Tab Tries: Riding a Bike
Theatre Editor WILL KENNAWAY gives cycling a go for the third time in his life.
I’ve never properly ridden a bike. After some traumatic experiences involving stabilisers and hills at an early age, the only other time I’d given it a go was a questionable and brief Freshers’ Week ramble in my college’s gardens. This is taboo in Cambridge. When I have been unwise enough to mention my cycling incompetency in the past, whole conversations have stopped, jaws have dropped, and pitying looks have been given. It’s almost as if I’ve said that I’m terminally ill.
Well—on this day I decided that enough was enough. The plan was simple: meeting with Gabriel Cagan and Julia Kass (leads in upcoming Heywood Society production 4,000 Miles, in which the protagonist is trying to go on a lengthy bike trip of his own) outside the Corpus Playroom, we would embark on an extensive tour of Cambridge, epic in scale, dizzying in its ambition. We would go to Sainsburys; we would go to John’s; we would go to Girton. The stage was set for just the kind of adventure about which Tab features are written.
Predictably, we gave up after 5 minutes. Cycling, it turns out, is really hard. It’s easy enough to cycle quickly in an empty bit of Peterhouse’s gardens, but cycling in towns is a completely different ball-game: there are other bikes, there are bollards, there are office workers on their lunch breaks. Breaking is a necessity, as is the occasional turn. I was quickly disabused of my assumption that much like with, say, mixed martial arts, or flying a fighter jet, I was almost certainly going to be amazing at cycling despite never really having tried it.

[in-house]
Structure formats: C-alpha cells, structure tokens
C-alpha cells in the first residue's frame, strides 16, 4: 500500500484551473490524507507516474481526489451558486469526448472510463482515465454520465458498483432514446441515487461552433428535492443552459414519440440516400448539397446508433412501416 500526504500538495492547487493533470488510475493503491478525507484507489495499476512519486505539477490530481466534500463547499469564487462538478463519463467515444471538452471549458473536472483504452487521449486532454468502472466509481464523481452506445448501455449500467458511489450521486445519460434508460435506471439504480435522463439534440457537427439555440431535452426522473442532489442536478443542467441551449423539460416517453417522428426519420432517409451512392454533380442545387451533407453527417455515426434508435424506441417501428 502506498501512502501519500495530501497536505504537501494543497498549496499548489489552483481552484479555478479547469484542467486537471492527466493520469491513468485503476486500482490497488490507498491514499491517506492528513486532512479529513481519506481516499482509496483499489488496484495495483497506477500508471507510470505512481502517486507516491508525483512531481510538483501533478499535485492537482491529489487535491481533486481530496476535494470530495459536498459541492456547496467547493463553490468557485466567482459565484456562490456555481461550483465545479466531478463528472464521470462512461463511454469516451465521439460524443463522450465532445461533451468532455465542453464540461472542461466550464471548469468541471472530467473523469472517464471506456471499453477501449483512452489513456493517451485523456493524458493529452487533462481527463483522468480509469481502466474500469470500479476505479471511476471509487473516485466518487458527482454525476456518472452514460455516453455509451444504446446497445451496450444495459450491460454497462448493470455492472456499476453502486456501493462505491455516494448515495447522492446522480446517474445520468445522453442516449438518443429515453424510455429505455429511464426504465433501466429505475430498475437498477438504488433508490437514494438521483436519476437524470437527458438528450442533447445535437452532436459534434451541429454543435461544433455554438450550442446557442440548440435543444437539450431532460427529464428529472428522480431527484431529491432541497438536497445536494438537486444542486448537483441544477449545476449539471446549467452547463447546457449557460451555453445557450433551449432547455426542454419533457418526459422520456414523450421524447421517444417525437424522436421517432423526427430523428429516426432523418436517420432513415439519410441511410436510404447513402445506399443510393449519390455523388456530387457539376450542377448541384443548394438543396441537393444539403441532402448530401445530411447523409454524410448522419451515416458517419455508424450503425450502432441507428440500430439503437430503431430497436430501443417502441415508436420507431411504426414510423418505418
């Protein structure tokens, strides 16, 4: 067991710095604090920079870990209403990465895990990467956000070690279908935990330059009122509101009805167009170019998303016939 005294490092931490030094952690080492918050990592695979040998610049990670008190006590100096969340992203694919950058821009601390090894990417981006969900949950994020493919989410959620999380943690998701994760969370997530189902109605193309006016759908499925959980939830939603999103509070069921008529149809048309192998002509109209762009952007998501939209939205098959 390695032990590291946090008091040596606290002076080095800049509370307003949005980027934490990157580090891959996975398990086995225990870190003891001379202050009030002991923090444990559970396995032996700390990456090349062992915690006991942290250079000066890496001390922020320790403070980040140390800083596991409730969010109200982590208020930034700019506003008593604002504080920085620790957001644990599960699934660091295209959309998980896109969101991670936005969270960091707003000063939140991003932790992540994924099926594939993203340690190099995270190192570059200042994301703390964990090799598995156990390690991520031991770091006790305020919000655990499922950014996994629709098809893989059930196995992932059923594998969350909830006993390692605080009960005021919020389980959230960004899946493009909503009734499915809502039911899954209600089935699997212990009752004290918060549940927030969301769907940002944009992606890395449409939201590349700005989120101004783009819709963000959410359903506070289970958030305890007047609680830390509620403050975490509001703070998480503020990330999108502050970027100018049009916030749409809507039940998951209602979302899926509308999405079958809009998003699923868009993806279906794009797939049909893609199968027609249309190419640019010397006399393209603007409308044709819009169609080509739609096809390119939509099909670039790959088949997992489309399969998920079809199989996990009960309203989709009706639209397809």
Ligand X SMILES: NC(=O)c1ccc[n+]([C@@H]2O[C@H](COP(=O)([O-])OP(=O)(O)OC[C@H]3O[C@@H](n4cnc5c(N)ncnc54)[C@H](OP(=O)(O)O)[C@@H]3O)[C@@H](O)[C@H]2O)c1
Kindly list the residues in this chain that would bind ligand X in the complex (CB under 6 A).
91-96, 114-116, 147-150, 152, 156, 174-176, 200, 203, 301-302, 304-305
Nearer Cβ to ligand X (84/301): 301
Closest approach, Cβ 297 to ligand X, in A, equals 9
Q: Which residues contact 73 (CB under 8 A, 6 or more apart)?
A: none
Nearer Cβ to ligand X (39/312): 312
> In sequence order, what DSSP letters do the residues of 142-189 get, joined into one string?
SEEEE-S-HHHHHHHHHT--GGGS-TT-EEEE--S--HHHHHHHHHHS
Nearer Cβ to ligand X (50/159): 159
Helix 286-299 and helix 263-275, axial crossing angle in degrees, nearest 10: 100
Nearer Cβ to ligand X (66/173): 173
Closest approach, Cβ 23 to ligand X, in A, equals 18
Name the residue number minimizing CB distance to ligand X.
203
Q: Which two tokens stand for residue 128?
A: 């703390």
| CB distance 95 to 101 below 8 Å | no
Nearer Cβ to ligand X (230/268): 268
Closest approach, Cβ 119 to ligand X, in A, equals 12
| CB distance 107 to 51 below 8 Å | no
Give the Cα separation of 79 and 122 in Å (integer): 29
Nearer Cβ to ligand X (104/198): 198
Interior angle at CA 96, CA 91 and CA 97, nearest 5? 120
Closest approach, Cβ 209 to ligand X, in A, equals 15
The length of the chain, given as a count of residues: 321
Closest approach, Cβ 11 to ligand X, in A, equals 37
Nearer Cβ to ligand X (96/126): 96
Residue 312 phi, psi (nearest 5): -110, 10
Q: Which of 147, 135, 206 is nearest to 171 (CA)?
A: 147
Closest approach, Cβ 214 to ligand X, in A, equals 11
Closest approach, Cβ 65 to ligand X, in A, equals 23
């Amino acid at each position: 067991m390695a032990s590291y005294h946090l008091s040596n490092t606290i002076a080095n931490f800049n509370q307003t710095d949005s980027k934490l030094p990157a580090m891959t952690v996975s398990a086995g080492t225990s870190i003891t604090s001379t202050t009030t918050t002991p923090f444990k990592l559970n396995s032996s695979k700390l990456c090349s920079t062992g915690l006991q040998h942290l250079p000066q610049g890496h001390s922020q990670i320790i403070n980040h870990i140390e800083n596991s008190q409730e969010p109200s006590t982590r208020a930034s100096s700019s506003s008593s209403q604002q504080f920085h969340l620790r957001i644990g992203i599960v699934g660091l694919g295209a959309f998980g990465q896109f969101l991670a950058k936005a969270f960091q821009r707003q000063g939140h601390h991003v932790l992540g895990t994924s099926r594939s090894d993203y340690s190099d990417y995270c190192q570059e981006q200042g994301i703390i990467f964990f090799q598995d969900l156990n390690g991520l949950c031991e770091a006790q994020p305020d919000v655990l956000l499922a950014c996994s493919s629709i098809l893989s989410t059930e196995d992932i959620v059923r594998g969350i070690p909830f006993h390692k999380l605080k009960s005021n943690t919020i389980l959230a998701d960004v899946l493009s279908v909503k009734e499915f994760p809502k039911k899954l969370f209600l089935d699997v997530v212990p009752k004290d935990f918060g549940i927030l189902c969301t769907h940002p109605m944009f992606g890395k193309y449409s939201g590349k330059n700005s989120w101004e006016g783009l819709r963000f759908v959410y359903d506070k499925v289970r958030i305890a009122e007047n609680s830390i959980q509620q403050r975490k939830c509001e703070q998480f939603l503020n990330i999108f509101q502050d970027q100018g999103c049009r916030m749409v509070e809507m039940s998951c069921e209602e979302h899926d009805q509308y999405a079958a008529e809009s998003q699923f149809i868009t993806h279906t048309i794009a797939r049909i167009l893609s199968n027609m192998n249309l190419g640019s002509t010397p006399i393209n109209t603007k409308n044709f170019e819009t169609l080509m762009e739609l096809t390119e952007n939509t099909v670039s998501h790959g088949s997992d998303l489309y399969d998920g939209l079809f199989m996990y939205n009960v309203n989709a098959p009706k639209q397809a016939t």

Awkwardly leaning against our bicycles just outside the Guildhall, we decided to make the best of it by having a chat about cycling, fruit juice, and the play they were hoping to plug.
We need to pretend we’re still on our bikes.
Gabriel: Maybe just write down every third word. Pretend the microphone couldn’t pick them up because of the cycling noises.
Good idea. What are your best cycling anecdotes?
Gabriel: I travelled 12 miles once. Not quite 4,000. Decent.
When did you learn to ride?
Julia: My brother could ride before me. I learnt to ride out of jealousy.
Gabriel: I had the classic Hollywood learning experience—I was shoved down a hill by my father’s own hand.
Touching. How much cycling is there in this play, then?
Gabriel: …well, none, not in the play itself. It’s set after a guy has done some cycling.
Julia: He stops at his grandma’s house.
Oh. If you were a fruit juice, what kind of fruit juice would you be?
Gabriel: Um… aloe vera.
Is that a juice?
Julia: Prune juice. Because my character is an elderly woman.
Right. You play her. How have you, a fresher, found portraying an old woman?
Julia: It’s tough. I’ve started stalking old people. I will watch them talk and think to myself: that’s my character right there.
Gabriel: On the bus.
Julia: Yes. I’m at Homerton anyway so I catch the bus a lot, you see.
Right. Maybe this article should have been ‘Tab Tries: Buses’.
Julia: A missed opportunity.
Gabriel: I’m trying to resurrect the ‘every third word’ joke. It’ll throw people off.
4000 Miles runs from Tuesday until Saturday at the Corpus Playroom. Student tickets are £5.